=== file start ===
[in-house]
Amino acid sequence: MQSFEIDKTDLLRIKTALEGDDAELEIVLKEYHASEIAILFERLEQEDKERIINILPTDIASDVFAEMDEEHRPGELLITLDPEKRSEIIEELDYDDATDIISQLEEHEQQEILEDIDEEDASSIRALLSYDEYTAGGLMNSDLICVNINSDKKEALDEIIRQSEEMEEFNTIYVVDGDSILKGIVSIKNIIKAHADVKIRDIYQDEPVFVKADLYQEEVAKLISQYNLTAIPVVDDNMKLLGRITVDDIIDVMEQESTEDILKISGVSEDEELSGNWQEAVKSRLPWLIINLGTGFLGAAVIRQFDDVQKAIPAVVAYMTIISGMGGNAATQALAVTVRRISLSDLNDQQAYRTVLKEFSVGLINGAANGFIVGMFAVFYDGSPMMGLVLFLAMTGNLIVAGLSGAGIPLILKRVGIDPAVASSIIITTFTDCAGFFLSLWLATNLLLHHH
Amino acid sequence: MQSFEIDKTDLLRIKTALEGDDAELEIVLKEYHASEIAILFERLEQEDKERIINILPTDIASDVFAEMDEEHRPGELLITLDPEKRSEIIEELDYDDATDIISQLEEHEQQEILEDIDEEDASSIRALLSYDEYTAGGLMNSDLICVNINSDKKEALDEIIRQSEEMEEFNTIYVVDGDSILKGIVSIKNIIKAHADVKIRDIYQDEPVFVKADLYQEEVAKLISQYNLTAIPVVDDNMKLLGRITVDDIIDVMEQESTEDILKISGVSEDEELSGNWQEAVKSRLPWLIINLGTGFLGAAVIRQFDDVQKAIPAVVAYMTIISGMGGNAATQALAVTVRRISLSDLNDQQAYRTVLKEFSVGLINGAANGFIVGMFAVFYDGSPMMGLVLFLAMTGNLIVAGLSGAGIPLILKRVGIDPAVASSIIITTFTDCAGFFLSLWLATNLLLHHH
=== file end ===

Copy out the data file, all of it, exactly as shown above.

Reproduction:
[in-house]
Amino acid sequence: MQSFEIDKTDLLRIKTALEGDDAELEIVLKEYHASEIAILFERLEQEDKERIINILPTDIASDVFAEMDEEHRPGELLITLDPEKRSEIIEELDYDDATDIISQLEEHEQQEILEDIDEEDASSIRALLSYDEYTAGGLMNSDLICVNINSDKKEALDEIIRQSEEMEEFNTIYVVDGDSILKGIVSIKNIIKAHADVKIRDIYQDEPVFVKADLYQEEVAKLISQYNLTAIPVVDDNMKLLGRITVDDIIDVMEQESTEDILKISGVSEDEELSGNWQEAVKSRLPWLIINLGTGFLGAAVIRQFDDVQKAIPAVVAYMTIISGMGGNAATQALAVTVRRISLSDLNDQQAYRTVLKEFSVGLINGAANGFIVGMFAVFYDGSPMMGLVLFLAMTGNLIVAGLSGAGIPLILKRVGIDPAVASSIIITTFTDCAGFFLSLWLATNLLLHHH
Amino acid sequence: MQSFEIDKTDLLRIKTALEGDDAELEIVLKEYHASEIAILFERLEQEDKERIINILPTDIASDVFAEMDEEHRPGELLITLDPEKRSEIIEELDYDDATDIISQLEEHEQQEILEDIDEEDASSIRALLSYDEYTAGGLMNSDLICVNINSDKKEALDEIIRQSEEMEEFNTIYVVDGDSILKGIVSIKNIIKAHADVKIRDIYQDEPVFVKADLYQEEVAKLISQYNLTAIPVVDDNMKLLGRITVDDIIDVMEQESTEDILKISGVSEDEELSGNWQEAVKSRLPWLIINLGTGFLGAAVIRQFDDVQKAIPAVVAYMTIISGMGGNAATQALAVTVRRISLSDLNDQQAYRTVLKEFSVGLINGAANGFIVGMFAVFYDGSPMMGLVLFLAMTGNLIVAGLSGAGIPLILKRVGIDPAVASSIIITTFTDCAGFFLSLWLATNLLLHHH